Scientific name: Anas platyrhynchos domesticus
The Call duck is the smallest breed of domestic duck. The original job of the Call Duck was to attract wild ducks for hunters with their call. They were tied out in fields as duck decoys. According to the Call Duck Association UK, "Named from the Dutch word kooi, meaning ‘cage’ or ‘trap’, decoy ducks have been used for centuries in Holland and Britain to lure wild ducks into mesh structures (decoys). Two key characteristics led to their modern development: they had to be highly vocal (hence ‘call’ ducks) to attract the wild ducks, and they had to be small and thus easy to carry. It was the Dutch decoys that introduced the characteristics so prized in these birds."
Varieties: Apricot, Bibbed, Black, Blue, Blue Fawn, Butterscotch, Dark Silver, Magpie, Mallard, Pied, Silver, White and many more
Uses: Exhibition, Pets
Personality: Very friendly, active and social
Suitable housing: Free range during the day, or large pen
Capable of flight: Yes
Noise Level: One of the noisiest breeds
Egg production: Fair
Egg color: White, Blue, Green, Tinted
Meat production: Poor, due to small size
What else you should know:
Health issues vary amongst certain bloodlines of exhibition quality call ducks. Speak to your breeder to verify health concerns and ways to handle them, or prevent them from occurring.
good slugeater, small children, cute personalities, duck eggs, reliable egg layers, gentle breed
easy prey, constant quacking, fairly loud noise, night prowlers, permanent enclosure
pond, fantastic mothering instincts
Call ducks are a gentle breed.
We absolutely love our call duck family. At first we were only supposed to get three ducklings, but the mother and father were available at the same time, so we took them all. Although the ducklings were only about a month old, the mother had already started laying eggs again. However, because we were keeping them in a pen on our porch, we think that she felt threatened and did not hatch them. Once we moved them to a more permanent enclosure with bushes and grass, she started laying again and is currently sitting on her eggs. She has about four active eggs, and she abandoned the other seven that were in the pen. The little ducklings are thriving in their new environment and are very friendly. They have learned to make noise when they want fresh grains and feed, or when their water is running low. These ducks do fly, so we have had to put a roof over their pen. We did not want the local predators to get to them. Our dog ( a yellow lab) really isn't good protection, but he doesn't bother the ducks either. They are beautiful birds and a real pleasure to watch as the forage for bugs and the grains we have scattered..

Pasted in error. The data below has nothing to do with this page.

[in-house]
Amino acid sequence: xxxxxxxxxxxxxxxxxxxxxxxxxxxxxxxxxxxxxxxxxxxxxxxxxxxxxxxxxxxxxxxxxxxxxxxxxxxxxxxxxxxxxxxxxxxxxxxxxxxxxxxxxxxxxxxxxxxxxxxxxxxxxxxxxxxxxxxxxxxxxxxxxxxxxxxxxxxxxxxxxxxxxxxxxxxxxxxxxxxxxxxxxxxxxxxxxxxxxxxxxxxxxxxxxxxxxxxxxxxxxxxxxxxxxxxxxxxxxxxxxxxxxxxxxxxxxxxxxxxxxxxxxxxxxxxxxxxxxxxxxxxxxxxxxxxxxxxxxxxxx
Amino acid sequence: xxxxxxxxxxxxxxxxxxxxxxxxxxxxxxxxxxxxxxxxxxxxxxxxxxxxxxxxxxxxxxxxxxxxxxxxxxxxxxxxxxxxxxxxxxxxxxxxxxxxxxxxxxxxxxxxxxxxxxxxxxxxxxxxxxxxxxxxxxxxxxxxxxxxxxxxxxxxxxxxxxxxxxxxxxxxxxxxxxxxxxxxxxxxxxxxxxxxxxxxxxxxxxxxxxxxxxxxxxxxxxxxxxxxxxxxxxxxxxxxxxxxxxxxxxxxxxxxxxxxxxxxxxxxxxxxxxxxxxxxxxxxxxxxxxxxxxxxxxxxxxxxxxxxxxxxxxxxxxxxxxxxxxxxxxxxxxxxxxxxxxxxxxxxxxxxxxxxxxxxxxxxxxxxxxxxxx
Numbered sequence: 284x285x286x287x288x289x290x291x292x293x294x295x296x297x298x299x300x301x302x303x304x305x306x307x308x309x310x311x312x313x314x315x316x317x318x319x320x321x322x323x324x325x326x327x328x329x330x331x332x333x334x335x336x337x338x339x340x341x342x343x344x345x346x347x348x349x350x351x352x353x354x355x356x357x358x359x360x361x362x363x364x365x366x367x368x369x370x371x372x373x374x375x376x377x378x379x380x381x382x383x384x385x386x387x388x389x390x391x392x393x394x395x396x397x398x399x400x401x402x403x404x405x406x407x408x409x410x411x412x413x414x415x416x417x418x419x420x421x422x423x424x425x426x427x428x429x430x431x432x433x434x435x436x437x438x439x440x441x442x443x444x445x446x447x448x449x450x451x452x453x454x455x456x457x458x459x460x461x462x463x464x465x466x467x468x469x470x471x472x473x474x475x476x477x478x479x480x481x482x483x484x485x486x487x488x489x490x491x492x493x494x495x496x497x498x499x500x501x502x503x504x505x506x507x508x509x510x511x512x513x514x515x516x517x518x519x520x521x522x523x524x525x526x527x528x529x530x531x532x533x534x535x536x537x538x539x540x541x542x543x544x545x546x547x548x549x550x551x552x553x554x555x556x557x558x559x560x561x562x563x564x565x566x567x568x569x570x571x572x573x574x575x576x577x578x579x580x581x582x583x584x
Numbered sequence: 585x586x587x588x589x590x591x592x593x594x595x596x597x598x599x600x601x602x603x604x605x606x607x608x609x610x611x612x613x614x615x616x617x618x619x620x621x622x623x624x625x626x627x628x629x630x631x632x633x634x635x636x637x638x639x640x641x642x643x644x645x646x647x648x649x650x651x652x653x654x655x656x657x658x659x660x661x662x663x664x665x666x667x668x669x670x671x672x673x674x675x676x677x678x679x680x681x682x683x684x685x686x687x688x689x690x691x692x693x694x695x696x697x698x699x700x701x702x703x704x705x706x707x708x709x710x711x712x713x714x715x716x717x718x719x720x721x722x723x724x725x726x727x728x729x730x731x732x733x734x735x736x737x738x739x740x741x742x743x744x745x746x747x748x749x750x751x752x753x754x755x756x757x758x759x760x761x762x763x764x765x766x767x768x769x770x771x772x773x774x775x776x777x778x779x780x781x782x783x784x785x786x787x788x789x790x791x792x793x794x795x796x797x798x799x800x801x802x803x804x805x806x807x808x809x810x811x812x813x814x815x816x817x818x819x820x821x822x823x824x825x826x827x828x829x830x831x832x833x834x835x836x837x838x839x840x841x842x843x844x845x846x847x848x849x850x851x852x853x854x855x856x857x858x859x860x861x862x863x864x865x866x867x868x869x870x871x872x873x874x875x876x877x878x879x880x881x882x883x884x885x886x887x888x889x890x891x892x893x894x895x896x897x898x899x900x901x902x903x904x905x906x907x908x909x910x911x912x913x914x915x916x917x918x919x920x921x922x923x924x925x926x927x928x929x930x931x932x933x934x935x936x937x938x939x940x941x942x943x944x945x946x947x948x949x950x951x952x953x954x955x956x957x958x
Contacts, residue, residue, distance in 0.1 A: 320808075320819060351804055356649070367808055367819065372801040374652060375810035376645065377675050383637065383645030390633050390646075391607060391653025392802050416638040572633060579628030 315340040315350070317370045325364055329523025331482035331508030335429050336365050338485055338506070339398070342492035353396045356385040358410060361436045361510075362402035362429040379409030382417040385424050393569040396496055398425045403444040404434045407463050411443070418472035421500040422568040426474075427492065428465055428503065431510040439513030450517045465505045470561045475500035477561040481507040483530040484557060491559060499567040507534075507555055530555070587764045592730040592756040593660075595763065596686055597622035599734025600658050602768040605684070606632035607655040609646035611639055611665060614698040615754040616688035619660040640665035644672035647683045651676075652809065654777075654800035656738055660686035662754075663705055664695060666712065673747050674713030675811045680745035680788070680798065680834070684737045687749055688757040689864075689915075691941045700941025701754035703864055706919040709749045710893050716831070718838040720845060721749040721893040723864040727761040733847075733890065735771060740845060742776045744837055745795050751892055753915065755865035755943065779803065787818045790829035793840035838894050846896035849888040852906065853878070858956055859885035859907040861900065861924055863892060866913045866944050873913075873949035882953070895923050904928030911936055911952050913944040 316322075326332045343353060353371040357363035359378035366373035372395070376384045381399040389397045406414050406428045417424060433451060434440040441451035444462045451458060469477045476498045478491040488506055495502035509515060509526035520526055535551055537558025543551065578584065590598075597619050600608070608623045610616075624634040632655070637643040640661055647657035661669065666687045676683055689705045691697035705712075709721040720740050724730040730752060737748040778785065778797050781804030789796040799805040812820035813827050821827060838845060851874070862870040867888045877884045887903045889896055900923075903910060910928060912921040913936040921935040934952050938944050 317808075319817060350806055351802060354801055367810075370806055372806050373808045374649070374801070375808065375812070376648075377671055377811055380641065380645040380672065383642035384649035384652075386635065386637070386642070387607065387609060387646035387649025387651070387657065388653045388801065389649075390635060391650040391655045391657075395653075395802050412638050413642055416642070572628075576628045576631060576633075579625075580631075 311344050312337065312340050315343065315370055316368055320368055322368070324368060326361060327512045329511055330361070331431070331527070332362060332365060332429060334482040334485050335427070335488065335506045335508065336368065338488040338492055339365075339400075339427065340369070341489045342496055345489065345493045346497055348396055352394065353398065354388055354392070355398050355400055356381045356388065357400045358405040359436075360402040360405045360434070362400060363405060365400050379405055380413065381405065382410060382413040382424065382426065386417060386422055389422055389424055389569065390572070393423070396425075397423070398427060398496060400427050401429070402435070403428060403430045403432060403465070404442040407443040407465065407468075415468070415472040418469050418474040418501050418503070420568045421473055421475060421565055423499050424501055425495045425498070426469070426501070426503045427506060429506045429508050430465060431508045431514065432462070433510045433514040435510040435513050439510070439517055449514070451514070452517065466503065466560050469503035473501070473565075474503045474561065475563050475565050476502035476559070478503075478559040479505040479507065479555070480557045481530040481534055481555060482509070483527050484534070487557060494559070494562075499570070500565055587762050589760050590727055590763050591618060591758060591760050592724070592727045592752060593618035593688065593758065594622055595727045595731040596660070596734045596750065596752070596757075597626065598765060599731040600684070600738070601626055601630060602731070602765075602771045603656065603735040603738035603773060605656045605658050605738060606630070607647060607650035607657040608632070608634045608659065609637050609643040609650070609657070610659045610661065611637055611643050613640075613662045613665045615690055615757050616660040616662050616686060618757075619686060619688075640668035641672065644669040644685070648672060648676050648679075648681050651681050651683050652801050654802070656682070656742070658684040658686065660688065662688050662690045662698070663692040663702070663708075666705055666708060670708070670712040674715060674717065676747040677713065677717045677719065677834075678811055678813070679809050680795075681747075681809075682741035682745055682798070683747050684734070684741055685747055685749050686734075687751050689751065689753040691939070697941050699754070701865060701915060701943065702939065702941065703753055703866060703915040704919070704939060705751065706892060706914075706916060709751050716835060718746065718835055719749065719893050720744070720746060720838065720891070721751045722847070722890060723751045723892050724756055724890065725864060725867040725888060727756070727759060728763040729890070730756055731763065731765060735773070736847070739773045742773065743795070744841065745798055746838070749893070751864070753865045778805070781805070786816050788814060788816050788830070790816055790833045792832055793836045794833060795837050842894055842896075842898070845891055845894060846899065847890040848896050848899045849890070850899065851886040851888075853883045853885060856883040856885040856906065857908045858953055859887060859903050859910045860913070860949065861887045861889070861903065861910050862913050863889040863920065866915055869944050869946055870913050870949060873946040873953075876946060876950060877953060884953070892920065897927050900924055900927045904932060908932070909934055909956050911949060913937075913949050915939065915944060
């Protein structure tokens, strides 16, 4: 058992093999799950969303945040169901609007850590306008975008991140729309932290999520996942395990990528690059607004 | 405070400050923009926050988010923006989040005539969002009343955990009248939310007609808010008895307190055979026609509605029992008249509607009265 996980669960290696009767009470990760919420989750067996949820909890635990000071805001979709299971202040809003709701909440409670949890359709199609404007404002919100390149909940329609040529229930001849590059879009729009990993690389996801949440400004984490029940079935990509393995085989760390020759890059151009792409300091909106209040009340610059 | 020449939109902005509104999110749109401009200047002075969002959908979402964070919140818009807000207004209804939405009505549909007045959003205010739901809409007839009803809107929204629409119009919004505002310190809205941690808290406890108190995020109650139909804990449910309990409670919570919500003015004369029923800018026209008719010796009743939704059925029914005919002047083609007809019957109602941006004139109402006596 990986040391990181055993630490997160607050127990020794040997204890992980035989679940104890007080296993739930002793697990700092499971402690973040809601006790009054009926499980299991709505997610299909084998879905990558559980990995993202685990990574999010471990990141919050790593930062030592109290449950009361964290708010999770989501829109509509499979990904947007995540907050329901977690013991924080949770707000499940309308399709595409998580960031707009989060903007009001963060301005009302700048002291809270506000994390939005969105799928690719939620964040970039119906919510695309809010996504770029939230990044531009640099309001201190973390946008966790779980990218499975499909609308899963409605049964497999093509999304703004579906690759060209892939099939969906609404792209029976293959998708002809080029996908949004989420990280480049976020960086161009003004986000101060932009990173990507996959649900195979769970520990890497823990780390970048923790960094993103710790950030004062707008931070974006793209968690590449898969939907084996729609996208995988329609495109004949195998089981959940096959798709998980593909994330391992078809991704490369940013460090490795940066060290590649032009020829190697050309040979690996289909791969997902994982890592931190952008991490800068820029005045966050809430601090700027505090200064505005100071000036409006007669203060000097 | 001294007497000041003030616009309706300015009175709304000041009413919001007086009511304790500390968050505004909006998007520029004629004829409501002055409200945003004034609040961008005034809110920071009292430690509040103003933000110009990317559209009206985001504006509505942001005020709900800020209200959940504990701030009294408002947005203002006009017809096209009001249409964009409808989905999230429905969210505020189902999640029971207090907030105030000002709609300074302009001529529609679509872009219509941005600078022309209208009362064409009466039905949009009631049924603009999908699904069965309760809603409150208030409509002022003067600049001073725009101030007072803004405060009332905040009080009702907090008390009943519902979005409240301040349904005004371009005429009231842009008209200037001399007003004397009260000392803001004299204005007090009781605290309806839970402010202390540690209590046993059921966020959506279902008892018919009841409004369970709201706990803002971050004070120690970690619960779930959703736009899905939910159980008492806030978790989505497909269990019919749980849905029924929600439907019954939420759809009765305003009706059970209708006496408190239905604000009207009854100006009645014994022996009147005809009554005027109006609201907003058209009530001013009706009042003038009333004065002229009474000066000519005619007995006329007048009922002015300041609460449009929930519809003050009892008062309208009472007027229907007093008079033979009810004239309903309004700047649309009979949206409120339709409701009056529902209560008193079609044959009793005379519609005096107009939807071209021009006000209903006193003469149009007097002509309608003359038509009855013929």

From H_s_richards Jun 8 2015 3:18PM
It is absolutely necessary to quarantine any new birds that you plan on adding to your flock. New ducks come with new diseases and health concerns and most diseases are highly contagious. When the birds are moved to a new location they become stressed and their immune system is lowered so they may show signs of disease even if they seemed perfectly healthy before moving. There are also new protozoa and bacteria that birds need to adjust to and if you introduce your flock to new birds right away you run the risk of losing all of them to any number of diseases..
From Mia B 36 days ago